An LGBT pride march in Paris. Photo: Getty
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We won't have truly equal marriage until we get rid of the spousal veto

Although gay couples can now marry, the law still distinguishes between heterosexual and same-sex marriages - and that can cause problems for trans people. 

With same-sex couples getting hitched in England and Wales at last, it would be easy to think, “job done, marriage is equal at last”. And you’d be wrong. It’s not really “equal marriage”.

For example, there’s a continuing distinction between “same-sex” and “opposite-sex” marriages. One of the areas where this surfaces is in the area dubbed “spousal veto” by trans campaigners.

The new law allows for trans people who are already married to gain gender recognition without having to get divorced, which is extremely welcome and long overdue. However, because there remains a distinction between “same-sex” and “opposite-sex” marriages, the spouse also must consent. The trans person cannot gain gender recognition until either the spouse consents – or they get divorced.  That's what campaigners call the "spousal veto" – although government doesn’t like the term, even though it's defined in my ancient Collins Dictionary as “to refuse consent to”.

Sadly, most marriages involving trans people break down, and some do so acrimoniously, with divorce proceedings stretching out over several years, mainly due to the difficulties in agreeing over access to children and distribution of property. The new law makes no exception for divorcing spouses, so in these cases the trans person’s legal right of recognition is on hold. They can only get gender recognition when the divorce is finalised - or if their potentially hostile soon-to-be-ex-spouse agrees to the change from an opposite-sex marriage to a same-sex one. The trans person can lose out quite considerably in entitlements and personal wellbeing during this time.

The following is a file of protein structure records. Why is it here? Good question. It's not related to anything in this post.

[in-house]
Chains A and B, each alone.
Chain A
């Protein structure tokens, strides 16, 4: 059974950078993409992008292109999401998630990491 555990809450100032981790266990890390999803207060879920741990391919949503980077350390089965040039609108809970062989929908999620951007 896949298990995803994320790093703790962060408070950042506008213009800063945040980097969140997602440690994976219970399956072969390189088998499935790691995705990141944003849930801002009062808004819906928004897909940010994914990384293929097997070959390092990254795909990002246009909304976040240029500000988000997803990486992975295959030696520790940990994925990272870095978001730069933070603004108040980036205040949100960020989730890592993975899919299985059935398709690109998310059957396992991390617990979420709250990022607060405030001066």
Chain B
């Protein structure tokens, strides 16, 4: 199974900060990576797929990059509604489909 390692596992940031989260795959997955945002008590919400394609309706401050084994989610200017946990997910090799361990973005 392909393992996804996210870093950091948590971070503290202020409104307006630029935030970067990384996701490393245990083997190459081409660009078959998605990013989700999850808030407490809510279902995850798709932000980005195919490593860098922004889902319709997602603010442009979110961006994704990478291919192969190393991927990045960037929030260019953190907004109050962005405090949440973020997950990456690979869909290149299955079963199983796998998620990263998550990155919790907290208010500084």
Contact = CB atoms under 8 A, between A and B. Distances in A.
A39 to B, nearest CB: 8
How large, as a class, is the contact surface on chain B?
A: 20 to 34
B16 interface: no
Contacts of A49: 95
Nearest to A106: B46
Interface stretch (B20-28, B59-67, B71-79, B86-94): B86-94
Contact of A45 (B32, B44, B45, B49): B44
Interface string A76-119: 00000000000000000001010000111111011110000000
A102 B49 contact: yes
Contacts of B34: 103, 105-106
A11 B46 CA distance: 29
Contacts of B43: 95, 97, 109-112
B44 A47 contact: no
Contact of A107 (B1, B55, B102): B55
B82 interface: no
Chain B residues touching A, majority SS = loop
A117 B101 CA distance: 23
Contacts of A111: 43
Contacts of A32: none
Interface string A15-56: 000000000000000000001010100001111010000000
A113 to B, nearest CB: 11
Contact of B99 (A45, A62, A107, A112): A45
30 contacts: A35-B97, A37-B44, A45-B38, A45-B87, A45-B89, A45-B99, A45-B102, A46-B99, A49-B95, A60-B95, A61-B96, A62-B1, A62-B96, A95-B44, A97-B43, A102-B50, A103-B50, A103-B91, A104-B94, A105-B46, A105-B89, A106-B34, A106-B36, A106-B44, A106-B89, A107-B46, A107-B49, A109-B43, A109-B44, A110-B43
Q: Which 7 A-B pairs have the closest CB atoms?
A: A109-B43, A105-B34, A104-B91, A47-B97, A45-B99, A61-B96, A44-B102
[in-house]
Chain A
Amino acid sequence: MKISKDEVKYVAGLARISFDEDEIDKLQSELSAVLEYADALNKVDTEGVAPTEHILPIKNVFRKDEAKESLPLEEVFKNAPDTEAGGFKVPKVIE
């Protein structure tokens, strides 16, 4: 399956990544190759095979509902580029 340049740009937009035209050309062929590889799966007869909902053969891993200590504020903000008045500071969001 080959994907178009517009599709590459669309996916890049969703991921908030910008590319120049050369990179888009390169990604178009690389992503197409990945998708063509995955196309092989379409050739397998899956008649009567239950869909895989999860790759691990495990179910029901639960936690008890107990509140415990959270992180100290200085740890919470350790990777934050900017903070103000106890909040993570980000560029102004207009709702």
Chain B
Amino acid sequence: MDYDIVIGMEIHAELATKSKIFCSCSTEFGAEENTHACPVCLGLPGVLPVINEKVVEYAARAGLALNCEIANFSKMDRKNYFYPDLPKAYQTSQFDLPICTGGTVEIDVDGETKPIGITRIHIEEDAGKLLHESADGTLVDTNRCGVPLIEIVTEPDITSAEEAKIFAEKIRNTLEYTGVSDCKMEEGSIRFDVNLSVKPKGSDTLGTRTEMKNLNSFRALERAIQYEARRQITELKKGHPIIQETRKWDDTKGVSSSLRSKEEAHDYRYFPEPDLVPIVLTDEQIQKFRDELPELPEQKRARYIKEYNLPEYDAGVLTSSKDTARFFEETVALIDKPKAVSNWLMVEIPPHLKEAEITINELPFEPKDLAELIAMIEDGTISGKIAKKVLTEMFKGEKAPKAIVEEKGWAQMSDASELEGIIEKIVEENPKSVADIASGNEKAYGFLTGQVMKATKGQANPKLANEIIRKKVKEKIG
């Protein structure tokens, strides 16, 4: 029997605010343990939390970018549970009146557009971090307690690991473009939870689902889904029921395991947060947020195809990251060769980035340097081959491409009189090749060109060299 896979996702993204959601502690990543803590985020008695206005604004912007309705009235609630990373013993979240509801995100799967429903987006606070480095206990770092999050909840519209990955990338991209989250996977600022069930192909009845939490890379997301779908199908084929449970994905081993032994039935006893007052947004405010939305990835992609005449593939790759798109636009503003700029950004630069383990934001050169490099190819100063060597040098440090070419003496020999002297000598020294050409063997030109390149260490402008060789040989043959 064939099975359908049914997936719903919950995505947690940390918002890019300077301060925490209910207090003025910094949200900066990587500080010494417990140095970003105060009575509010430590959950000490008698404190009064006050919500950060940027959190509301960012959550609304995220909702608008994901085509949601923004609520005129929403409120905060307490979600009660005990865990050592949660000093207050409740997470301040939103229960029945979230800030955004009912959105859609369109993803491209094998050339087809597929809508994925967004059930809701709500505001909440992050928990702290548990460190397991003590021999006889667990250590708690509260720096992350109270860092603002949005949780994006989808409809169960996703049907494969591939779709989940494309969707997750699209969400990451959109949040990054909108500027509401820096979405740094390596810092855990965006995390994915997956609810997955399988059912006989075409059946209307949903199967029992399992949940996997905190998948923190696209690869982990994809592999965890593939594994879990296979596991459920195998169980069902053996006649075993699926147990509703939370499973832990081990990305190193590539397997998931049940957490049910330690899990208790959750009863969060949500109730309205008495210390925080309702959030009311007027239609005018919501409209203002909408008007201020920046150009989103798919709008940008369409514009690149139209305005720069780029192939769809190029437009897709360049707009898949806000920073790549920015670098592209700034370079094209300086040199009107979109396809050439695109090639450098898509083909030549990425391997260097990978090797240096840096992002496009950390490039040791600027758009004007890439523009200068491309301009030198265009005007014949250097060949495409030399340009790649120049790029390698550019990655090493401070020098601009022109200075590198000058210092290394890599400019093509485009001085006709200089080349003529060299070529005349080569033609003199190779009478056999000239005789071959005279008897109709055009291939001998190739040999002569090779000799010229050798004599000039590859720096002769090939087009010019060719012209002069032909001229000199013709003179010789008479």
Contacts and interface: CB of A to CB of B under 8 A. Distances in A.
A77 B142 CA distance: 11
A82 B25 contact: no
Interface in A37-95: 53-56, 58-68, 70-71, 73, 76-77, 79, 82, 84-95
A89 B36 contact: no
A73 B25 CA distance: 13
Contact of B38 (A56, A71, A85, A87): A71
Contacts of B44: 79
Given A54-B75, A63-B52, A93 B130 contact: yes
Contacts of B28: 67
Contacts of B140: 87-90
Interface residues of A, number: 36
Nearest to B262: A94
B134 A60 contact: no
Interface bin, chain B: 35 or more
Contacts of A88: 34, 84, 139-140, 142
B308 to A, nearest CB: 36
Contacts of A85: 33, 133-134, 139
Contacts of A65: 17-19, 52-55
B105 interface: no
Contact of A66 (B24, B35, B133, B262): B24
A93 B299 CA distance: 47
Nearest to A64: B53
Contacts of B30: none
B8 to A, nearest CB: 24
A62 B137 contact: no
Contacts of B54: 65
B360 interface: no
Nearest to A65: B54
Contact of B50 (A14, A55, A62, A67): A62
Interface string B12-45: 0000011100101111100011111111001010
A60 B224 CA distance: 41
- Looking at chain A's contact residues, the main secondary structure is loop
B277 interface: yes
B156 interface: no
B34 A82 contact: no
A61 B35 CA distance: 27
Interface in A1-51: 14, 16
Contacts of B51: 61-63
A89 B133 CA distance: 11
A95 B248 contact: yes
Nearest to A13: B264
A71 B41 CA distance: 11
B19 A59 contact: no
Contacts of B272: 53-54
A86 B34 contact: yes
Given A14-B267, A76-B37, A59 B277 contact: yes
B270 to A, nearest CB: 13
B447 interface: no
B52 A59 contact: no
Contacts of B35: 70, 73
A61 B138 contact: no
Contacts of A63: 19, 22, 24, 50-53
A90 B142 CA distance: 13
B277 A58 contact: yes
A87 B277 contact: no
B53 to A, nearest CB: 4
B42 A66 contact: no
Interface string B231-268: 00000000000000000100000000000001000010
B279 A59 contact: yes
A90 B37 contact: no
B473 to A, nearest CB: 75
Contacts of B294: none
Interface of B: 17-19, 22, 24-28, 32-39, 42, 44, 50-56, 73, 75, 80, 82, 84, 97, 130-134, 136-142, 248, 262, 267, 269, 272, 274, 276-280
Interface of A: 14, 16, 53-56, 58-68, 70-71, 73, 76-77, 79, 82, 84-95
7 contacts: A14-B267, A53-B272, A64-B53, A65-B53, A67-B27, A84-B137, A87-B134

There is only one other area in English law which requires spousal consent for a partner’s actions – a rarely used process for changing names. Trans people therefore feel singled out by the Government. As Baroness Gould said in the House of Lords, “[t]here is no need for spousal consent to end a marriage, move abroad, financially destabilise the family, apply for distant jobs, or for medical treatment".

The argument underpinning spousal veto is that gender recognition changes the marriage contract, therefore the spouse has to agree. But no such requirement exists should one partner change their name. When I took my wedding vows, they most definitely included names. Also, trans people have contracts with pensions companies, to give just one example, which also change on gender recognition, but I don’t see any request for corporates’ consent – and pensions companies have a financial interest here. So the hang-up must be to do with the terms “husband” and “wife”.

According to Blacks, the legal dictionary, the definition of “husband” is “one who has a lawful wife living”. Obviously now, with same-sex marriage lawful, that legal definition is somewhat out-of-date. (Don’t think about it too hard in relation to lesbian couples – it will make your head hurt.)

Trans people must wait for at least two years after changing gender role before they can apply for gender recognition. In that time, trans women will have moved so far away from the functional definition of “husband”, and trans men from “wife”, that the argument that the spouse needs to consent to gender recognition and gender recognition alone is rather strange.